12. Christopher

    Well, I hope I got my point across…I don’t know what happened with the multiple postings. At any rate, I’ve posted a piece in response to this thinking about Sunday’s Gospel proclamation.

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  14. donald schell

    I’ve followed the conversation from the posting in episcopal cafe to this thread and Huw and Christopher’s responses. Added a bit on Christopher’s blog which I’d post orreference here if I were more skilled with my iPhone. Glad we’re continuing this. Love, donald

  15. donald schell

    Derek and Christopher,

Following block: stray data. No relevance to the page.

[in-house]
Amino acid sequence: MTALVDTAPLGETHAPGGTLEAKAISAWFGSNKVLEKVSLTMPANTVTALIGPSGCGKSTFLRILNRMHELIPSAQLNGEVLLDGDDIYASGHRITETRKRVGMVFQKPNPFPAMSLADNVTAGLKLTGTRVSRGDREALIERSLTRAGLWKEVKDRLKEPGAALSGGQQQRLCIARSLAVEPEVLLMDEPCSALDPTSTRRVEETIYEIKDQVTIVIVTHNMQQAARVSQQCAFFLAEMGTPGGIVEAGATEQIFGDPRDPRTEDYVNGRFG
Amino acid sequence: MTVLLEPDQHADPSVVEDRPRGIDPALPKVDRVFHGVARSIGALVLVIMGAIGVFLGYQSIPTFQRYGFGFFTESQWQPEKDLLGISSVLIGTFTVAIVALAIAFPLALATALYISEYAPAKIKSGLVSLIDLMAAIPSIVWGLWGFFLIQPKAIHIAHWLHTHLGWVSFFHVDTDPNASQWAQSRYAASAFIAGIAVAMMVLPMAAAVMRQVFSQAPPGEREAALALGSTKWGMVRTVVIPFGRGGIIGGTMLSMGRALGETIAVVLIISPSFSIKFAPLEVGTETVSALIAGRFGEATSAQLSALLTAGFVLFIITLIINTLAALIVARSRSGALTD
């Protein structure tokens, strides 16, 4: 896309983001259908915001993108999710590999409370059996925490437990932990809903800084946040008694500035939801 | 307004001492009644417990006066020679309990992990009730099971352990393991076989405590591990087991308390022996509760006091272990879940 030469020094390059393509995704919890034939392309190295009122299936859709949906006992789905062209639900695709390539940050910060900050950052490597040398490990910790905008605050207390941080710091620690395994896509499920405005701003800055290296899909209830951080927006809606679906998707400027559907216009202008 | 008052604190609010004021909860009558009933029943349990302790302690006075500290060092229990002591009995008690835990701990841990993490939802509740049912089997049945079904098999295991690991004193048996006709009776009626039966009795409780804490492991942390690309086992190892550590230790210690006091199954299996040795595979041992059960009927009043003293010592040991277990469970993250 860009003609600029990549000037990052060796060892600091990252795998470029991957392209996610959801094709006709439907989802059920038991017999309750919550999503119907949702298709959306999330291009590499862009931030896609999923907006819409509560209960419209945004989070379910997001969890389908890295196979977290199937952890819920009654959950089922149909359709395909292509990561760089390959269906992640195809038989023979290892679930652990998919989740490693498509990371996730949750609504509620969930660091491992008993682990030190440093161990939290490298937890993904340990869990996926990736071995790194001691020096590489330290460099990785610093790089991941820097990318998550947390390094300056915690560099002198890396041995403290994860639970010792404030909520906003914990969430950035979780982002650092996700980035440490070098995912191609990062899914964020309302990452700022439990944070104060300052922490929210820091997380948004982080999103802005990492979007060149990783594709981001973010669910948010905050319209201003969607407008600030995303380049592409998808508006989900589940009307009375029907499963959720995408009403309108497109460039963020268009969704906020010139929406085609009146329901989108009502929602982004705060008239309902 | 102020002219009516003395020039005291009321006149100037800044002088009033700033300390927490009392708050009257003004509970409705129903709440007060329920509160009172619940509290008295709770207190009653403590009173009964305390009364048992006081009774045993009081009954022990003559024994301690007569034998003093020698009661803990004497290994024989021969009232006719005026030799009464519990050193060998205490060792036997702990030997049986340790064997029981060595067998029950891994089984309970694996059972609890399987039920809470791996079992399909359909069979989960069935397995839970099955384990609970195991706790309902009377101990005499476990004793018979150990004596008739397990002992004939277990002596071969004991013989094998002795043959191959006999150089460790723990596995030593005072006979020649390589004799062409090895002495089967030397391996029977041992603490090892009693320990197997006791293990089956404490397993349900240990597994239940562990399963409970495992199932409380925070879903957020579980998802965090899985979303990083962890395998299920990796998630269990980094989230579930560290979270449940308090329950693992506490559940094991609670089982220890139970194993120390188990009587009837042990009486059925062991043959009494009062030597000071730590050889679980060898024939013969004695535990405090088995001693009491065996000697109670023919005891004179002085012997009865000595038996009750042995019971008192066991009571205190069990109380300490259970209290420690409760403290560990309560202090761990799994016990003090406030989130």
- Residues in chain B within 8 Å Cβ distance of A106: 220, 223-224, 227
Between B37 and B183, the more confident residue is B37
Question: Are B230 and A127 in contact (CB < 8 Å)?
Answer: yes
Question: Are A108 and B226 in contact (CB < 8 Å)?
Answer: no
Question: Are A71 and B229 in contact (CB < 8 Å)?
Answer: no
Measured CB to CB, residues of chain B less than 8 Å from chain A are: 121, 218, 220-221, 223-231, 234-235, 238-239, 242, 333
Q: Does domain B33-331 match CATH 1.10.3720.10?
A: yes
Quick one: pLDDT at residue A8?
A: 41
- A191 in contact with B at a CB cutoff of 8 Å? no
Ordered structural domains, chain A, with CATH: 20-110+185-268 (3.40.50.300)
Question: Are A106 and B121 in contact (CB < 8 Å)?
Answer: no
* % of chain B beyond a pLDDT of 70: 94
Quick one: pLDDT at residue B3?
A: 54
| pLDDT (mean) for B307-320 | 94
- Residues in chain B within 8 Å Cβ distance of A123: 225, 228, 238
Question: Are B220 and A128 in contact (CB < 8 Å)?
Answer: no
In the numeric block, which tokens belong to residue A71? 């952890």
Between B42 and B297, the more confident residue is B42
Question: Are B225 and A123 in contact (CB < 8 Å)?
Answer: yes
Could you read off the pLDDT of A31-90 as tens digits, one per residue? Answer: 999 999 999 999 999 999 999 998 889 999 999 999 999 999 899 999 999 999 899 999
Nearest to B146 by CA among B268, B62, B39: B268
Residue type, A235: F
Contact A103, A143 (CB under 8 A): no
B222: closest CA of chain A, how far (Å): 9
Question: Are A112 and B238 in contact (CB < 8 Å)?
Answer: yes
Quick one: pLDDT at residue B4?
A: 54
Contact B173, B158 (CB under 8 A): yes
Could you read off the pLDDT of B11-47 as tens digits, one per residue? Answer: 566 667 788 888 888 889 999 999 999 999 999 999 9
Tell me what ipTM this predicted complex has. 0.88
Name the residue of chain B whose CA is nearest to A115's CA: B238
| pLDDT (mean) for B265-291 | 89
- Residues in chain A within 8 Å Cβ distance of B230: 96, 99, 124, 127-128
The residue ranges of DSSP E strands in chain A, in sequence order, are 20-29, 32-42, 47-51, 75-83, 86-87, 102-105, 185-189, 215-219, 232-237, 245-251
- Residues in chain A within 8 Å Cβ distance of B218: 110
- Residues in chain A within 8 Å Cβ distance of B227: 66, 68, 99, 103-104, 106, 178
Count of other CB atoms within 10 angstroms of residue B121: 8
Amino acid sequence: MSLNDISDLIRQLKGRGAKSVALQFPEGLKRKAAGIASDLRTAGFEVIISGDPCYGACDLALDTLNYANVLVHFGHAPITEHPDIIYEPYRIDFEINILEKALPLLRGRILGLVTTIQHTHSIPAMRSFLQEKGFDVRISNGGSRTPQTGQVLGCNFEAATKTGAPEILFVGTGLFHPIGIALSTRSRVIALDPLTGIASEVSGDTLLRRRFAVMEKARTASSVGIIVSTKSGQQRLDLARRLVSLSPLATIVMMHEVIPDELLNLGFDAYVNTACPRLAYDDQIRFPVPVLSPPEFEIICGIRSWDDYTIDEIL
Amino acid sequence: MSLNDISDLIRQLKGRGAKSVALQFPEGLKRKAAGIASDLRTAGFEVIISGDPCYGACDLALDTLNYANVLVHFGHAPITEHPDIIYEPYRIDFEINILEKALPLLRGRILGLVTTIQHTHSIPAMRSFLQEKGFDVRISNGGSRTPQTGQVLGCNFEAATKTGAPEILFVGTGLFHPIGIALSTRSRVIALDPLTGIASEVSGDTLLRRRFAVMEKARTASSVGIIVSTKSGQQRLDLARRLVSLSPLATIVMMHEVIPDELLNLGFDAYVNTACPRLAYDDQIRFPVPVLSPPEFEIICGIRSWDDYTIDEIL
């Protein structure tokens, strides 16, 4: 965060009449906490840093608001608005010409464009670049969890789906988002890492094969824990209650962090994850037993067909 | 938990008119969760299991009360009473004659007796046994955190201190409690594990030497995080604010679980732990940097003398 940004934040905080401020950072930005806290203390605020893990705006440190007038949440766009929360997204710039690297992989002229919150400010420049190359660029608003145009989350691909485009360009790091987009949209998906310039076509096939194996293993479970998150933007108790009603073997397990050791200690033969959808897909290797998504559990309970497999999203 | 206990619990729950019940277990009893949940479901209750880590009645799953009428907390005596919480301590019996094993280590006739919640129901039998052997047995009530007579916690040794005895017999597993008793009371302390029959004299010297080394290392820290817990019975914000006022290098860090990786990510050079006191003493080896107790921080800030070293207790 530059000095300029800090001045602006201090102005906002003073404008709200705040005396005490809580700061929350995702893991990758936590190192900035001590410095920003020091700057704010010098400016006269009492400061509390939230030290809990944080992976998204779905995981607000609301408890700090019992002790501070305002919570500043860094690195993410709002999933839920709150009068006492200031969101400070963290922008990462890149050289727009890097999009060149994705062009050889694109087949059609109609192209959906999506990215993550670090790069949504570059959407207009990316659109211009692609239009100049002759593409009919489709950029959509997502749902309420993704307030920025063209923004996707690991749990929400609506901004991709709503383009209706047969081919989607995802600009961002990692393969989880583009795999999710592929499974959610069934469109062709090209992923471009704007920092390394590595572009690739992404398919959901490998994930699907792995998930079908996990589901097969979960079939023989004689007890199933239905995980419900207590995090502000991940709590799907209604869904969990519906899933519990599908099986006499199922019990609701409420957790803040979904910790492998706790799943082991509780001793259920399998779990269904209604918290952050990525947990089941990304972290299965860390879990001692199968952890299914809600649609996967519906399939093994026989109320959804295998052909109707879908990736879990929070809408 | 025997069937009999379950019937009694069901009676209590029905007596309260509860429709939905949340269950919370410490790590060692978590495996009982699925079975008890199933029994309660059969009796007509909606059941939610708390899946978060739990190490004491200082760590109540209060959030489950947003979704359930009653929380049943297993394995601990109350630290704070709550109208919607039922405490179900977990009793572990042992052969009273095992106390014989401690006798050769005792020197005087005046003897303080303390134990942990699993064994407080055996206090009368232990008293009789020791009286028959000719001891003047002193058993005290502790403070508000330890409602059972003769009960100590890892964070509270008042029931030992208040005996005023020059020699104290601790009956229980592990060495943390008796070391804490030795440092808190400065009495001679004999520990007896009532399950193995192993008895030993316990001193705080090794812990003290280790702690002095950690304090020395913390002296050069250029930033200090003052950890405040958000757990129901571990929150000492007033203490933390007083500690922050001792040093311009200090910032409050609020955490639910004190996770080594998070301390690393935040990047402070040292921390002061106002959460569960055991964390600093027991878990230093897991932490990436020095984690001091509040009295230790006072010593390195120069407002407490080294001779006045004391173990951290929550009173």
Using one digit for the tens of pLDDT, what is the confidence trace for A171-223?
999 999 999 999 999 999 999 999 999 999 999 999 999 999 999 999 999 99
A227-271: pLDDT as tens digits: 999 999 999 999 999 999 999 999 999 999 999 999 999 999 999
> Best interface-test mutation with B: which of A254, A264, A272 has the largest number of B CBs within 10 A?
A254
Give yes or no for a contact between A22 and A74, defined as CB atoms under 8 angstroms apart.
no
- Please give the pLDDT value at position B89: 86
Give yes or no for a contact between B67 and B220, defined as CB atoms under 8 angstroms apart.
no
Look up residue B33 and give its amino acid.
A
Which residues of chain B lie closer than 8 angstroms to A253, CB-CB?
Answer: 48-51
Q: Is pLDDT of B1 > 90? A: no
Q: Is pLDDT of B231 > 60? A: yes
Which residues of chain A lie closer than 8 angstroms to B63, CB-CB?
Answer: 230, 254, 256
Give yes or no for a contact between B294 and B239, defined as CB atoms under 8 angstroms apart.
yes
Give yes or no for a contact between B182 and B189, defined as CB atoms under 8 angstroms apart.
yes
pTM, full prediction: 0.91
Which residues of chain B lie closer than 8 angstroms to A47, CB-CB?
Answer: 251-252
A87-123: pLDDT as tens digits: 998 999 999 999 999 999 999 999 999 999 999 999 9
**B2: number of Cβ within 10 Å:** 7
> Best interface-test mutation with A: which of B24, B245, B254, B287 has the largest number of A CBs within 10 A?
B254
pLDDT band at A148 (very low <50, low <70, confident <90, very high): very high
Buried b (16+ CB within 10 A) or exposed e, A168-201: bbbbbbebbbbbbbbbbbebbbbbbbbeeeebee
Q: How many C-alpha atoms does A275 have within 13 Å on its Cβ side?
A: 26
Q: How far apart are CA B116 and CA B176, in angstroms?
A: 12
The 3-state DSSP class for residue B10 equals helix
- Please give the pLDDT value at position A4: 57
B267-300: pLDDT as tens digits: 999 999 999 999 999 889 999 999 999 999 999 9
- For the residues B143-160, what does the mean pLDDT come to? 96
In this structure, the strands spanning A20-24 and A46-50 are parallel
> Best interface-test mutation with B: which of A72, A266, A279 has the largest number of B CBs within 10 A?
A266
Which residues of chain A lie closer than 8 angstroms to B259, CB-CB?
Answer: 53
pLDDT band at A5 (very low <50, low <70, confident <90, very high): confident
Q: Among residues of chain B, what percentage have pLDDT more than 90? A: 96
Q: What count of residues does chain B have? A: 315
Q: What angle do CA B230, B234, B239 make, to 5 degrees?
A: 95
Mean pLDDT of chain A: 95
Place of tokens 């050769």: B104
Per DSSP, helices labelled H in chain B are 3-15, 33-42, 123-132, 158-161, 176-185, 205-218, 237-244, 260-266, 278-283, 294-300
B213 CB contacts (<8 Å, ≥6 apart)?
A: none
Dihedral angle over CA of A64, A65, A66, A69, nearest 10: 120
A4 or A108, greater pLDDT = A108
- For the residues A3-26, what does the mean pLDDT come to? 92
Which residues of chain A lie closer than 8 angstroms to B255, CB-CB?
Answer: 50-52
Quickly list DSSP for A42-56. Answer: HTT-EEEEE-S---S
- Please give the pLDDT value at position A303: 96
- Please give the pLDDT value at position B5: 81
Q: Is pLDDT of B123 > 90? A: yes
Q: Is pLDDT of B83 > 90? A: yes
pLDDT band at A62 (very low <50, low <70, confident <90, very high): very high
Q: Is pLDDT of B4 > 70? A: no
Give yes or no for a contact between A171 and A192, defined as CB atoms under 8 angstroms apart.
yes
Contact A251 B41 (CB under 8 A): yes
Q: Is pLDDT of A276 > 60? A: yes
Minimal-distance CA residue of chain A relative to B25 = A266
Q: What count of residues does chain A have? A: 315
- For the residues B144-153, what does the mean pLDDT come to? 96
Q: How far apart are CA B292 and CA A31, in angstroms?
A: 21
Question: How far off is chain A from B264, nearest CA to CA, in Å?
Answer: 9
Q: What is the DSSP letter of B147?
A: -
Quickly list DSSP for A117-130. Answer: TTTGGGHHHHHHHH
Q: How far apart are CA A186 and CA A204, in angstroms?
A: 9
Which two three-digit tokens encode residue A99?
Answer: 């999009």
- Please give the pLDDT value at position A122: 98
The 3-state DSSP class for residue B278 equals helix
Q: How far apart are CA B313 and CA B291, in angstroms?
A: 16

I want to make clear as my post at Episcopal Cafe may not have that meeting Jesus-as-he-is and keeping ourselves conscious that he is entre nos as other are my agenda too (though also as us because I believe we do as his community “have the mind of Christ”). I find the Jesus Seminar problematic by their method of voting and though I do regularly check in with their “five gospels” for a quick and dirty snapshot of consensus around a particular text, I’m often frustrated by a “vote” that seems doctrinaire and explanations that so both too much and too little. I was intrigued at names of scholars that Deirdre Gpod and Ana Hernandez offered in their responses at the Cafe, andust admity formative training in the parables is old. I rely largely on Norman Perrin forethod and framework and on Joachim Jeremias for historical a d cultural context and leads on rabbinic stories which Jesus’ parables evidently draw on, helping us wonder at least about how a massive allegorization – like we heard Sunday with Matthew’s telling of a king who threw a wedding banquet for his son – may tell us more about the first century church’s concerns (destruction of the temple, place of Jews in God’s new work, how Gentiles are welcomed into fellowship, etc.) than about Jesus’ teaching. Perrin’s method of reading the parables much at once or in relation to one another as possible AND filtering what we hear through a scrutiny of “dissimilarity” (if we read something that evidently reflects specific concerns of the first century church, we think we at least may be hearing the eat tradition trying to make we sense of their immediate challenges and dilemmas while they’re remembering and interpreting Jesus’ teaching – as the church has always done and as Derek sees the Jesus Seminar doing). Dissimilarity in Perrin’s method gives particular weight to parables or chunks of parables that don’t reflect the questions and concerns of the first century mission in a broad Roman-Mediterranean world. He doesn’t say “if of sounds like the early church we know it isn’t Jesus, but does say if it’s coherent with other parables and doesn’t sound at all like the early church, let’s try to make it an important piece in our synthesis of his teaching from the parables. Part of what I five d compelling about his work is that he’s actively and systematicallyl listening for the voice of another among us. Love, donald